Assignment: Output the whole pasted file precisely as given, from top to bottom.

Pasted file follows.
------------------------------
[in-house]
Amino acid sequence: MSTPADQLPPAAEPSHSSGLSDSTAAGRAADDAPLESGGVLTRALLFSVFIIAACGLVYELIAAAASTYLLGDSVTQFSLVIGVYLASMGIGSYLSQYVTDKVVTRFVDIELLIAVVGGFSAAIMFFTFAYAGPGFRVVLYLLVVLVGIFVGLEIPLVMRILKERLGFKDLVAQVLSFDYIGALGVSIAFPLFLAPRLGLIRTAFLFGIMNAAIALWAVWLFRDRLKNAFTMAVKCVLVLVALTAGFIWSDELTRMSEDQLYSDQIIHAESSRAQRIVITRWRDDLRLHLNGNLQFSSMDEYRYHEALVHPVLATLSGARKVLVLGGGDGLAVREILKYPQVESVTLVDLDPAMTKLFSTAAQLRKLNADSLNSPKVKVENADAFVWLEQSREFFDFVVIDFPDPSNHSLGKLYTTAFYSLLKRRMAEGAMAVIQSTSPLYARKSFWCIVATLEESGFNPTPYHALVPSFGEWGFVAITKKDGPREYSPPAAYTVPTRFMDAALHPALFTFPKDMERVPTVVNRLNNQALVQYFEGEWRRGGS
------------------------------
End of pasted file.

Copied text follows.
[in-house]
Amino acid sequence: MSTPADQLPPAAEPSHSSGLSDSTAAGRAADDAPLESGGVLTRALLFSVFIIAACGLVYELIAAAASTYLLGDSVTQFSLVIGVYLASMGIGSYLSQYVTDKVVTRFVDIELLIAVVGGFSAAIMFFTFAYAGPGFRVVLYLLVVLVGIFVGLEIPLVMRILKERLGFKDLVAQVLSFDYIGALGVSIAFPLFLAPRLGLIRTAFLFGIMNAAIALWAVWLFRDRLKNAFTMAVKCVLVLVALTAGFIWSDELTRMSEDQLYSDQIIHAESSRAQRIVITRWRDDLRLHLNGNLQFSSMDEYRYHEALVHPVLATLSGARKVLVLGGGDGLAVREILKYPQVESVTLVDLDPAMTKLFSTAAQLRKLNADSLNSPKVKVENADAFVWLEQSREFFDFVVIDFPDPSNHSLGKLYTTAFYSLLKRRMAEGAMAVIQSTSPLYARKSFWCIVATLEESGFNPTPYHALVPSFGEWGFVAITKKDGPREYSPPAAYTVPTRFMDAALHPALFTFPKDMERVPTVVNRLNNQALVQYFEGEWRRGGS